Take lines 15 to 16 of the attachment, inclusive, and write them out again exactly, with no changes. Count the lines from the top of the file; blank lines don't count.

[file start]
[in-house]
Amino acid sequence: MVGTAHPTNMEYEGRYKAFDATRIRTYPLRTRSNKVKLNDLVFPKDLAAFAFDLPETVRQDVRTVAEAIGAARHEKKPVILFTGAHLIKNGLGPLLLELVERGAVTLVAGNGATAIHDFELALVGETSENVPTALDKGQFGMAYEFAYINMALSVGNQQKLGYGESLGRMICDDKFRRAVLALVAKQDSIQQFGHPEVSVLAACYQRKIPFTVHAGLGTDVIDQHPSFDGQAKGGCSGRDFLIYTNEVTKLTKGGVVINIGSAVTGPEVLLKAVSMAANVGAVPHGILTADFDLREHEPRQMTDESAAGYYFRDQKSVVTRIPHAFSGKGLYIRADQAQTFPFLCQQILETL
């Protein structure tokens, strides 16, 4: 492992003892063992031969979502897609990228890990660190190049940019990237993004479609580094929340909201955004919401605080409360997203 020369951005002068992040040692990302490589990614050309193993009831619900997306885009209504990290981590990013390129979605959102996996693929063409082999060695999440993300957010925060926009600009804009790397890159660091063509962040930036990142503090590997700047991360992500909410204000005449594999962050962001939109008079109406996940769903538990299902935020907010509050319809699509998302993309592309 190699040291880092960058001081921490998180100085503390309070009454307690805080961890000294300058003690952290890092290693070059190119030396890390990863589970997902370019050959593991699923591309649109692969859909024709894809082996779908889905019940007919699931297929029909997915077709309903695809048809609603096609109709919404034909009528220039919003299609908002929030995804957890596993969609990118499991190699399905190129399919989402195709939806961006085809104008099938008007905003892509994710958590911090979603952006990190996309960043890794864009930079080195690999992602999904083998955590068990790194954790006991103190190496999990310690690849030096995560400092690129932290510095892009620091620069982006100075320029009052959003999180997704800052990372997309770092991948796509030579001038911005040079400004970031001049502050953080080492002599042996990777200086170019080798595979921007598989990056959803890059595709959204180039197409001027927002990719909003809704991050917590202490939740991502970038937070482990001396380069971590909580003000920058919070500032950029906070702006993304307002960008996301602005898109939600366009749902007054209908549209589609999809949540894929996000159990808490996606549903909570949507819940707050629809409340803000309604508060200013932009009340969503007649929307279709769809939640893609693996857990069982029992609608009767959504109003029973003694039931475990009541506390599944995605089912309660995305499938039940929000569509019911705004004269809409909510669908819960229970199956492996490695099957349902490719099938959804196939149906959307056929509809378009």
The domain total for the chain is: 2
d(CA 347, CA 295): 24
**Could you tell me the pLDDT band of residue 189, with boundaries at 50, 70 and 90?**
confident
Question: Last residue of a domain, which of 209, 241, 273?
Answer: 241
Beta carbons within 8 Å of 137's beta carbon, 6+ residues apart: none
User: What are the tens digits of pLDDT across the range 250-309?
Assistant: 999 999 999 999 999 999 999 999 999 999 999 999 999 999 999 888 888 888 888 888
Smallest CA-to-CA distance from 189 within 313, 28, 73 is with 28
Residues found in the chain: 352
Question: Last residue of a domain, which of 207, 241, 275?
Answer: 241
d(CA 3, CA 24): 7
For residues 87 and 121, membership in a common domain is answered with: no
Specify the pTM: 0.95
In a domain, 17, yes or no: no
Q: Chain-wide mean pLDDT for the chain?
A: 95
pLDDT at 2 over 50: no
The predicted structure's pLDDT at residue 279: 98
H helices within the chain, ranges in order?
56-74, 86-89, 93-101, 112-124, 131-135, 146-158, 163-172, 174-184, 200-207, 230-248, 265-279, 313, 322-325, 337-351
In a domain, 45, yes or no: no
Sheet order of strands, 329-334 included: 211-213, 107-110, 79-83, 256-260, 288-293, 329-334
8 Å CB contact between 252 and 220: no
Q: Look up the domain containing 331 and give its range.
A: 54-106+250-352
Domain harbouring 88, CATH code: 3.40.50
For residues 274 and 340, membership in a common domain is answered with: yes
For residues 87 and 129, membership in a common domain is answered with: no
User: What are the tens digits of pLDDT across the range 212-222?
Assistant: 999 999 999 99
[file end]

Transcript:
Question: Last residue of a domain, which of 207, 241, 275?
Answer: 241